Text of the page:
Vir Das: We are much more than IT guys and cab drivers
Earning a place in the much-loved series Fresh Off the Boat, actor-comedian Vir Das on how the entertainment industry is becoming more inclusive.
The past year has been a landmark of sorts for Vir Das. Even as his production company presented its first venture, Jestination Unknown, the actor-comic found himself onboard the American primetime show, Fresh Off the Boat. "2020 looks daunting," he grins, aware that the word on the street is that the episode featuring Preity Zinta and him may serve as the foundation for a spin-off series centred on an Indian family in the US, tentatively titled Magic Motor Inn. "This year will be acting-heavy for me. Fresh Off the Boat is incredibly funny, and the best part of it was working with Preity. It's nice to bring some genuine brown to American television."
In the much-loved show that focuses on a Taiwanese family residing in the US, Zinta and Das will be seen as an Indian couple. "Preity is a crackling actor. She has been doing this for a long time, so the experience she brought to the table was valuable. With a material like this, our primary job was to be funny and she got that right."
With Priyanka Chopra Jonas, Hasan Minhaj and Mindy Kaling headlining primetime shows, it won't be wrong to say that the representation of actors of Indian origin on screen has evolved. Das says his 2019 ABC offering, Whiskey Cavalier, is proof of how the entertainment industry is becoming increasingly inclusive. "I didn't think I could ever be on American TV as a fancy-suit-wearing weapons expert. We wouldn't get these parts earlier; we would be restricted to [playing] IT guys or cab drivers. It's a good sign that now Indians are offered a diverse range of characters."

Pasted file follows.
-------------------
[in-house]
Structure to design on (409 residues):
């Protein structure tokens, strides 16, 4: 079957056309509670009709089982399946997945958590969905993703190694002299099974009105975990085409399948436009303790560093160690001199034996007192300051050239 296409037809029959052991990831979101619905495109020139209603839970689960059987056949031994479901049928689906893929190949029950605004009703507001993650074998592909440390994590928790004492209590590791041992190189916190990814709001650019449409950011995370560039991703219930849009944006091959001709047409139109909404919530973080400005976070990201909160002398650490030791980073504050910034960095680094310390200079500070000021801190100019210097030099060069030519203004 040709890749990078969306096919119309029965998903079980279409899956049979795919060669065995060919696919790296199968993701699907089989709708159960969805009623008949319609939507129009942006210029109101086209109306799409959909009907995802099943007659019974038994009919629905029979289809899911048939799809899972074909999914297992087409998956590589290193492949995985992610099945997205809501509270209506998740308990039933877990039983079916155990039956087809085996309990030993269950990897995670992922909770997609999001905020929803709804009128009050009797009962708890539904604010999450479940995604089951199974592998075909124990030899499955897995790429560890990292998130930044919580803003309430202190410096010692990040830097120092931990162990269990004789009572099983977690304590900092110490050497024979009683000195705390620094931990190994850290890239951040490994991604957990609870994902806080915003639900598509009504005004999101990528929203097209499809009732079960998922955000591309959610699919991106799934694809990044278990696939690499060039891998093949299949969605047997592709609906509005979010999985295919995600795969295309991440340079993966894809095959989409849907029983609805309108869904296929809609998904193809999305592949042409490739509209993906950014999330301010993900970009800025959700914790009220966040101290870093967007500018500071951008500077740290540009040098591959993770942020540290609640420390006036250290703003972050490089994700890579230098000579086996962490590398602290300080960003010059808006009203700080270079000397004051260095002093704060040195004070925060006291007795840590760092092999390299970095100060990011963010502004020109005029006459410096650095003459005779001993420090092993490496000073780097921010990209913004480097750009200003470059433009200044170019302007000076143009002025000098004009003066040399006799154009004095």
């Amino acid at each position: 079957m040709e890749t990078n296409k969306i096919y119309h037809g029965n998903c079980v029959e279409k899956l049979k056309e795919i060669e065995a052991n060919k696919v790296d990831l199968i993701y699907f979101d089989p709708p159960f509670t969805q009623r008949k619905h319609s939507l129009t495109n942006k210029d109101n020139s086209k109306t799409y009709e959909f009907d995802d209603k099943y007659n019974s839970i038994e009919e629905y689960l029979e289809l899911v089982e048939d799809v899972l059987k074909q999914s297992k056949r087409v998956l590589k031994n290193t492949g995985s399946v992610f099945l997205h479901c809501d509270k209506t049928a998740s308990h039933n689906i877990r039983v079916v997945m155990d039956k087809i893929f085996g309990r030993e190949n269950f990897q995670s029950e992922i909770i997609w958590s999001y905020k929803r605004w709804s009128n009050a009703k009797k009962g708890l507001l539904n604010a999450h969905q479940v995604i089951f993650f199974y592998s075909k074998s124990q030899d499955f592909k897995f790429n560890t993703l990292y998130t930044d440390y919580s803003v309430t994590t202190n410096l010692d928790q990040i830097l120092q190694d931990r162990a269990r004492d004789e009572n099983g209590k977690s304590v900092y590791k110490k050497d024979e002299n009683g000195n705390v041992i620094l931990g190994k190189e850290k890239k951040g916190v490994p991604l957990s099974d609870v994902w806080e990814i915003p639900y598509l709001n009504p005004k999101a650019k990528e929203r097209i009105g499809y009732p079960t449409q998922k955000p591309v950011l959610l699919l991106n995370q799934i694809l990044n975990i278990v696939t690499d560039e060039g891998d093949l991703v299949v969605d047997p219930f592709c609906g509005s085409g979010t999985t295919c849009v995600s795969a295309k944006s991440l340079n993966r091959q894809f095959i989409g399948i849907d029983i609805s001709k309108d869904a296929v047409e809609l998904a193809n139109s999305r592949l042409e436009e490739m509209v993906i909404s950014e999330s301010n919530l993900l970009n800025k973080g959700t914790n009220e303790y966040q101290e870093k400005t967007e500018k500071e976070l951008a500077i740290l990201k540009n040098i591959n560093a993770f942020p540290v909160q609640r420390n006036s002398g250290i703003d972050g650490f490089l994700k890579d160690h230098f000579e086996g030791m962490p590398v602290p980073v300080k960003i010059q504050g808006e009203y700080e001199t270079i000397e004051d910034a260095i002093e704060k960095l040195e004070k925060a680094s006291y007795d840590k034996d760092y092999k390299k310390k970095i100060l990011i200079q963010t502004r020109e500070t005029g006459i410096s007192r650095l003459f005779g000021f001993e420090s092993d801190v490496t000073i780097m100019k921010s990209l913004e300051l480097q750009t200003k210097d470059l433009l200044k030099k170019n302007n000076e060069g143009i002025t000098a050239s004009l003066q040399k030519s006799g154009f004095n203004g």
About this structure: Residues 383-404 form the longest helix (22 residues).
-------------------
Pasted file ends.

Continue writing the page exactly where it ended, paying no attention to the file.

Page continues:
Besides his television and web offerings, he travelled across the US with The Loved Tour. Given the current political climate in the Donald Trump-led country, there's apparently growing hostility towards Indians. However, Das asserts it was not reflective in the 90,000 Americans who turned up for his specials last year.
"I don't think there has ever been as much interest in diverse voices as there is now. I do shows beyond the East and West Coast, going to towns in Alabama. The local community is interested in knowing where we come from, our culture and mindset." If he is making waves with international projects, back in the bay, the actor has a homegrown project lined up in Hasmukh, helmed by Nikkhil Advani. "It's ready and will drop online this year. I play a serial killer; a disturbed dark funny man. It's a departure from what I have played so far."
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